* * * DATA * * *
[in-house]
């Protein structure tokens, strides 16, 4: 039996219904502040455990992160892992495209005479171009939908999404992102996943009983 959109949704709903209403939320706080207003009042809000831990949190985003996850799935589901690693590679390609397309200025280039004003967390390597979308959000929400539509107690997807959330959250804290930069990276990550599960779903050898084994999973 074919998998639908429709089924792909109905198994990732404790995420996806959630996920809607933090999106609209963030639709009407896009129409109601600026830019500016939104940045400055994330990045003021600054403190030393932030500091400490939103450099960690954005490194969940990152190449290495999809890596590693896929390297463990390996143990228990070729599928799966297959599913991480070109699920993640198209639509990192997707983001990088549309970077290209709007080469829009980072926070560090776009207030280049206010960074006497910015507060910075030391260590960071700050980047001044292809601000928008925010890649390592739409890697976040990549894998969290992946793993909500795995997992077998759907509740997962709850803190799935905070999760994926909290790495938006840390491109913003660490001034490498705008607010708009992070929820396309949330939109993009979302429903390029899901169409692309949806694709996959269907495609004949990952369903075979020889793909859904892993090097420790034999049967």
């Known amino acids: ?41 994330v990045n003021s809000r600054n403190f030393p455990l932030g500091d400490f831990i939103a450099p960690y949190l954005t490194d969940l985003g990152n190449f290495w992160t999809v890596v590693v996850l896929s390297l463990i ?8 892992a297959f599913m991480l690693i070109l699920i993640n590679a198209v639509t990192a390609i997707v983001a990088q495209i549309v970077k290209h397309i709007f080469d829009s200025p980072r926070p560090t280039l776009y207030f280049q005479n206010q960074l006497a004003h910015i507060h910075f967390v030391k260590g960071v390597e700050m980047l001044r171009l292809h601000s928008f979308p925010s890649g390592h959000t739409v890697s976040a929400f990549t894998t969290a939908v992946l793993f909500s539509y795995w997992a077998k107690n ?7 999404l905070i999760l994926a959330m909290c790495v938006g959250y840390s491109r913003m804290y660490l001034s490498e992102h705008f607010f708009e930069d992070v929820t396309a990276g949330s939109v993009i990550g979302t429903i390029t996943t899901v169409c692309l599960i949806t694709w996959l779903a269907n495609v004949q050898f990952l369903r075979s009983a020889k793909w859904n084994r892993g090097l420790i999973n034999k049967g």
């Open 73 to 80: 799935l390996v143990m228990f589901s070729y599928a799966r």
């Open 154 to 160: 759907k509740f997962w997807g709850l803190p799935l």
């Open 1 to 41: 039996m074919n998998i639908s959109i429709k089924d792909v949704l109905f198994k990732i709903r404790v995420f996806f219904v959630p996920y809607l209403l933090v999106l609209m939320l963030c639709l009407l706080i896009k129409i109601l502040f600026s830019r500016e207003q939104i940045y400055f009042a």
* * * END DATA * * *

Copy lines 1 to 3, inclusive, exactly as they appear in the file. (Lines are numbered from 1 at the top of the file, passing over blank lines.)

[in-house]
């Protein structure tokens, strides 16, 4: 039996219904502040455990992160892992495209005479171009939908999404992102996943009983 959109949704709903209403939320706080207003009042809000831990949190985003996850799935589901690693590679390609397309200025280039004003967390390597979308959000929400539509107690997807959330959250804290930069990276990550599960779903050898084994999973 074919998998639908429709089924792909109905198994990732404790995420996806959630996920809607933090999106609209963030639709009407896009129409109601600026830019500016939104940045400055994330990045003021600054403190030393932030500091400490939103450099960690954005490194969940990152190449290495999809890596590693896929390297463990390996143990228990070729599928799966297959599913991480070109699920993640198209639509990192997707983001990088549309970077290209709007080469829009980072926070560090776009207030280049206010960074006497910015507060910075030391260590960071700050980047001044292809601000928008925010890649390592739409890697976040990549894998969290992946793993909500795995997992077998759907509740997962709850803190799935905070999760994926909290790495938006840390491109913003660490001034490498705008607010708009992070929820396309949330939109993009979302429903390029899901169409692309949806694709996959269907495609004949990952369903075979020889793909859904892993090097420790034999049967």
């Known amino acids: ?41 994330v990045n003021s809000r600054n403190f030393p455990l932030g500091d400490f831990i939103a450099p960690y949190l954005t490194d969940l985003g990152n190449f290495w992160t999809v890596v590693v996850l896929s390297l463990i ?8 892992a297959f599913m991480l690693i070109l699920i993640n590679a198209v639509t990192a390609i997707v983001a990088q495209i549309v970077k290209h397309i709007f080469d829009s200025p980072r926070p560090t280039l776009y207030f280049q005479n206010q960074l006497a004003h910015i507060h910075f967390v030391k260590g960071v390597e700050m980047l001044r171009l292809h601000s928008f979308p925010s890649g390592h959000t739409v890697s976040a929400f990549t894998t969290a939908v992946l793993f909500s539509y795995w997992a077998k107690n ?7 999404l905070i999760l994926a959330m909290c790495v938006g959250y840390s491109r913003m804290y660490l001034s490498e992102h705008f607010f708009e930069d992070v929820t396309a990276g949330s939109v993009i990550g979302t429903i390029t996943t899901v169409c692309l599960i949806t694709w996959l779903a269907n495609v004949q050898f990952l369903r075979s009983a020889k793909w859904n084994r892993g090097l420790i999973n034999k049967g």